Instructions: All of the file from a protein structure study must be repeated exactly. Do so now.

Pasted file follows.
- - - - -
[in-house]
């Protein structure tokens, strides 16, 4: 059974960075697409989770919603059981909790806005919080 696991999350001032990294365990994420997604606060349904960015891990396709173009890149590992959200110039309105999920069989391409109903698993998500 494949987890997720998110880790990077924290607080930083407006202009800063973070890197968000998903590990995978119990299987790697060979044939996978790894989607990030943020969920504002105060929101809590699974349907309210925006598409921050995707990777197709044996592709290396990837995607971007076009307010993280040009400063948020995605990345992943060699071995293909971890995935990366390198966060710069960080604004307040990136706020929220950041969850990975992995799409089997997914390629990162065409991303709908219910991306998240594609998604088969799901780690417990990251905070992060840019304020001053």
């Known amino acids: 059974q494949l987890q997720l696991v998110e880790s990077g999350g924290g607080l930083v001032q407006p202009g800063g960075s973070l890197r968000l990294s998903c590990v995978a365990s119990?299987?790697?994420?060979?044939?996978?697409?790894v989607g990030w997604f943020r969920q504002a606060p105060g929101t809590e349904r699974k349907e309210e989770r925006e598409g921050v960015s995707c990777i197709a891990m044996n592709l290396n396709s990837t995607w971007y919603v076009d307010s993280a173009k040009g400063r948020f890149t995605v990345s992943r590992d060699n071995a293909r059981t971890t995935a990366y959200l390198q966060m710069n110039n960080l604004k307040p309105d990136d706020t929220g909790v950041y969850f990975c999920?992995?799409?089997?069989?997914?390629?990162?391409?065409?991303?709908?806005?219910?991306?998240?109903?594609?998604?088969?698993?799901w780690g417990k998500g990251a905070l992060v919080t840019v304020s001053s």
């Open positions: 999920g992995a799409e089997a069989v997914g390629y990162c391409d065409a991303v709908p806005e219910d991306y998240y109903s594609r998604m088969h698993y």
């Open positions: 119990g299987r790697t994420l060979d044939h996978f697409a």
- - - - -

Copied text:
[in-house]
């Protein structure tokens, strides 16, 4: 059974960075697409989770919603059981909790806005919080 696991999350001032990294365990994420997604606060349904960015891990396709173009890149590992959200110039309105999920069989391409109903698993998500 494949987890997720998110880790990077924290607080930083407006202009800063973070890197968000998903590990995978119990299987790697060979044939996978790894989607990030943020969920504002105060929101809590699974349907309210925006598409921050995707990777197709044996592709290396990837995607971007076009307010993280040009400063948020995605990345992943060699071995293909971890995935990366390198966060710069960080604004307040990136706020929220950041969850990975992995799409089997997914390629990162065409991303709908219910991306998240594609998604088969799901780690417990990251905070992060840019304020001053």
């Known amino acids: 059974q494949l987890q997720l696991v998110e880790s990077g999350g924290g607080l930083v001032q407006p202009g800063g960075s973070l890197r968000l990294s998903c590990v995978a365990s119990?299987?790697?994420?060979?044939?996978?697409?790894v989607g990030w997604f943020r969920q504002a606060p105060g929101t809590e349904r699974k349907e309210e989770r925006e598409g921050v960015s995707c990777i197709a891990m044996n592709l290396n396709s990837t995607w971007y919603v076009d307010s993280a173009k040009g400063r948020f890149t995605v990345s992943r590992d060699n071995a293909r059981t971890t995935a990366y959200l390198q966060m710069n110039n960080l604004k307040p309105d990136d706020t929220g909790v950041y969850f990975c999920?992995?799409?089997?069989?997914?390629?990162?391409?065409?991303?709908?806005?219910?991306?998240?109903?594609?998604?088969?698993?799901w780690g417990k998500g990251a905070l992060v919080t840019v304020s001053s």
């Open positions: 999920g992995a799409e089997a069989v997914g390629y990162c391409d065409a991303v709908p806005e219910d991306y998240y109903s594609r998604m088969h698993y």
């Open positions: 119990g299987r790697t994420l060979d044939h996978f697409a």